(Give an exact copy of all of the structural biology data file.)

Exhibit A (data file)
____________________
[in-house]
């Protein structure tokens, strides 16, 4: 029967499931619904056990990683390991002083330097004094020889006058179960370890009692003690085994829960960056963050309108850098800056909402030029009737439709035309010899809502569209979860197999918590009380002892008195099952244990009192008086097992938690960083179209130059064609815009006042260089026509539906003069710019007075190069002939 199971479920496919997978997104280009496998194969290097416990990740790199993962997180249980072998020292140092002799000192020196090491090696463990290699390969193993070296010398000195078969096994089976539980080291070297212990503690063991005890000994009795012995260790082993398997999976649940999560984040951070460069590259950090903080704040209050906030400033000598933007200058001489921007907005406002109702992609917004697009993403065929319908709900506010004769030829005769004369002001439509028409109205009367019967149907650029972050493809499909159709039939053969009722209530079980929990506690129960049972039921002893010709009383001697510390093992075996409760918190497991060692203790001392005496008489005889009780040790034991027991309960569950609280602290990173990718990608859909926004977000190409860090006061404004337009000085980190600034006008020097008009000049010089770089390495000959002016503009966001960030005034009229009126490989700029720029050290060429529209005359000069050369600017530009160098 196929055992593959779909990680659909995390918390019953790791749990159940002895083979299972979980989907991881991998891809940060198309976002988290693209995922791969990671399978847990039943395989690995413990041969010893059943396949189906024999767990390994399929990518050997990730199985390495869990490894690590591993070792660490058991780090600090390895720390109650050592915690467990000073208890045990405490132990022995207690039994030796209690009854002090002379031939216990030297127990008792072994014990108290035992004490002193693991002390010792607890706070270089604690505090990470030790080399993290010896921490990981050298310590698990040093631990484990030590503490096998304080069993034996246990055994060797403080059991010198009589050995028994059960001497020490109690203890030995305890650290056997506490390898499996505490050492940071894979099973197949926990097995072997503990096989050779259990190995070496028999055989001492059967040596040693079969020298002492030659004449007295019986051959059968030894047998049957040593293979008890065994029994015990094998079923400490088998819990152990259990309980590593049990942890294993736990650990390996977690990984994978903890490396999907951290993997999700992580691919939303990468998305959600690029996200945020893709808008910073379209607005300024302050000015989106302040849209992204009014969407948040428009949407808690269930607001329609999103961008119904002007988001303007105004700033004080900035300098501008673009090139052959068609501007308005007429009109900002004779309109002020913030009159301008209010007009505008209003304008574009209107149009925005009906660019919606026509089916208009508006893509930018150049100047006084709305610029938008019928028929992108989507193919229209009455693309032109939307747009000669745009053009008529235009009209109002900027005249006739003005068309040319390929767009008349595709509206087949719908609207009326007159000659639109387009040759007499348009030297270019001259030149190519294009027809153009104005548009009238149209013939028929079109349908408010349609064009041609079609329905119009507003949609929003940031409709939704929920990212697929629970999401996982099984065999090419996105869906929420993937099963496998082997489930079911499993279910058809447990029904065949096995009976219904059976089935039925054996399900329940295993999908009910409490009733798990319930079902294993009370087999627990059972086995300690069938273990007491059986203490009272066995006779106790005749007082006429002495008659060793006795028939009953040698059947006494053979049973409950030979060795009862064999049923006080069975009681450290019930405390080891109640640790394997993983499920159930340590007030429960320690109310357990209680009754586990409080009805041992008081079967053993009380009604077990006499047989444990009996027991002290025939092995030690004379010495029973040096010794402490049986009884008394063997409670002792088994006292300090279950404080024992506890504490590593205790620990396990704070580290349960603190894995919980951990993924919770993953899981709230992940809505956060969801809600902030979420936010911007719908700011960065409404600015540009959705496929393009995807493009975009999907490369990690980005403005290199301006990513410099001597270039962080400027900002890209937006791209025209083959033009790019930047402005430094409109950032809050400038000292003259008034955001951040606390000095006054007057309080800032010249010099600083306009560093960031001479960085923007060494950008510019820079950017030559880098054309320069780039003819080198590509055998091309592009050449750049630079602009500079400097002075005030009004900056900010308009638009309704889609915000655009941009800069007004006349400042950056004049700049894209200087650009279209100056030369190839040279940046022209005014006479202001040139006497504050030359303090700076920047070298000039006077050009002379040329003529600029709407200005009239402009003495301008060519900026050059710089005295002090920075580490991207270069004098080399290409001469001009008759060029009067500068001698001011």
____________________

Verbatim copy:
[in-house]
């Protein structure tokens, strides 16, 4: 029967499931619904056990990683390991002083330097004094020889006058179960370890009692003690085994829960960056963050309108850098800056909402030029009737439709035309010899809502569209979860197999918590009380002892008195099952244990009192008086097992938690960083179209130059064609815009006042260089026509539906003069710019007075190069002939 199971479920496919997978997104280009496998194969290097416990990740790199993962997180249980072998020292140092002799000192020196090491090696463990290699390969193993070296010398000195078969096994089976539980080291070297212990503690063991005890000994009795012995260790082993398997999976649940999560984040951070460069590259950090903080704040209050906030400033000598933007200058001489921007907005406002109702992609917004697009993403065929319908709900506010004769030829005769004369002001439509028409109205009367019967149907650029972050493809499909159709039939053969009722209530079980929990506690129960049972039921002893010709009383001697510390093992075996409760918190497991060692203790001392005496008489005889009780040790034991027991309960569950609280602290990173990718990608859909926004977000190409860090006061404004337009000085980190600034006008020097008009000049010089770089390495000959002016503009966001960030005034009229009126490989700029720029050290060429529209005359000069050369600017530009160098 196929055992593959779909990680659909995390918390019953790791749990159940002895083979299972979980989907991881991998891809940060198309976002988290693209995922791969990671399978847990039943395989690995413990041969010893059943396949189906024999767990390994399929990518050997990730199985390495869990490894690590591993070792660490058991780090600090390895720390109650050592915690467990000073208890045990405490132990022995207690039994030796209690009854002090002379031939216990030297127990008792072994014990108290035992004490002193693991002390010792607890706070270089604690505090990470030790080399993290010896921490990981050298310590698990040093631990484990030590503490096998304080069993034996246990055994060797403080059991010198009589050995028994059960001497020490109690203890030995305890650290056997506490390898499996505490050492940071894979099973197949926990097995072997503990096989050779259990190995070496028999055989001492059967040596040693079969020298002492030659004449007295019986051959059968030894047998049957040593293979008890065994029994015990094998079923400490088998819990152990259990309980590593049990942890294993736990650990390996977690990984994978903890490396999907951290993997999700992580691919939303990468998305959600690029996200945020893709808008910073379209607005300024302050000015989106302040849209992204009014969407948040428009949407808690269930607001329609999103961008119904002007988001303007105004700033004080900035300098501008673009090139052959068609501007308005007429009109900002004779309109002020913030009159301008209010007009505008209003304008574009209107149009925005009906660019919606026509089916208009508006893509930018150049100047006084709305610029938008019928028929992108989507193919229209009455693309032109939307747009000669745009053009008529235009009209109002900027005249006739003005068309040319390929767009008349595709509206087949719908609207009326007159000659639109387009040759007499348009030297270019001259030149190519294009027809153009104005548009009238149209013939028929079109349908408010349609064009041609079609329905119009507003949609929003940031409709939704929920990212697929629970999401996982099984065999090419996105869906929420993937099963496998082997489930079911499993279910058809447990029904065949096995009976219904059976089935039925054996399900329940295993999908009910409490009733798990319930079902294993009370087999627990059972086995300690069938273990007491059986203490009272066995006779106790005749007082006429002495008659060793006795028939009953040698059947006494053979049973409950030979060795009862064999049923006080069975009681450290019930405390080891109640640790394997993983499920159930340590007030429960320690109310357990209680009754586990409080009805041992008081079967053993009380009604077990006499047989444990009996027991002290025939092995030690004379010495029973040096010794402490049986009884008394063997409670002792088994006292300090279950404080024992506890504490590593205790620990396990704070580290349960603190894995919980951990993924919770993953899981709230992940809505956060969801809600902030979420936010911007719908700011960065409404600015540009959705496929393009995807493009975009999907490369990690980005403005290199301006990513410099001597270039962080400027900002890209937006791209025209083959033009790019930047402005430094409109950032809050400038000292003259008034955001951040606390000095006054007057309080800032010249010099600083306009560093960031001479960085923007060494950008510019820079950017030559880098054309320069780039003819080198590509055998091309592009050449750049630079602009500079400097002075005030009004900056900010308009638009309704889609915000655009941009800069007004006349400042950056004049700049894209200087650009279209100056030369190839040279940046022209005014006479202001040139006497504050030359303090700076920047070298000039006077050009002379040329003529600029709407200005009239402009003495301008060519900026050059710089005295002090920075580490991207270069004098080399290409001469001009008759060029009067500068001698001011």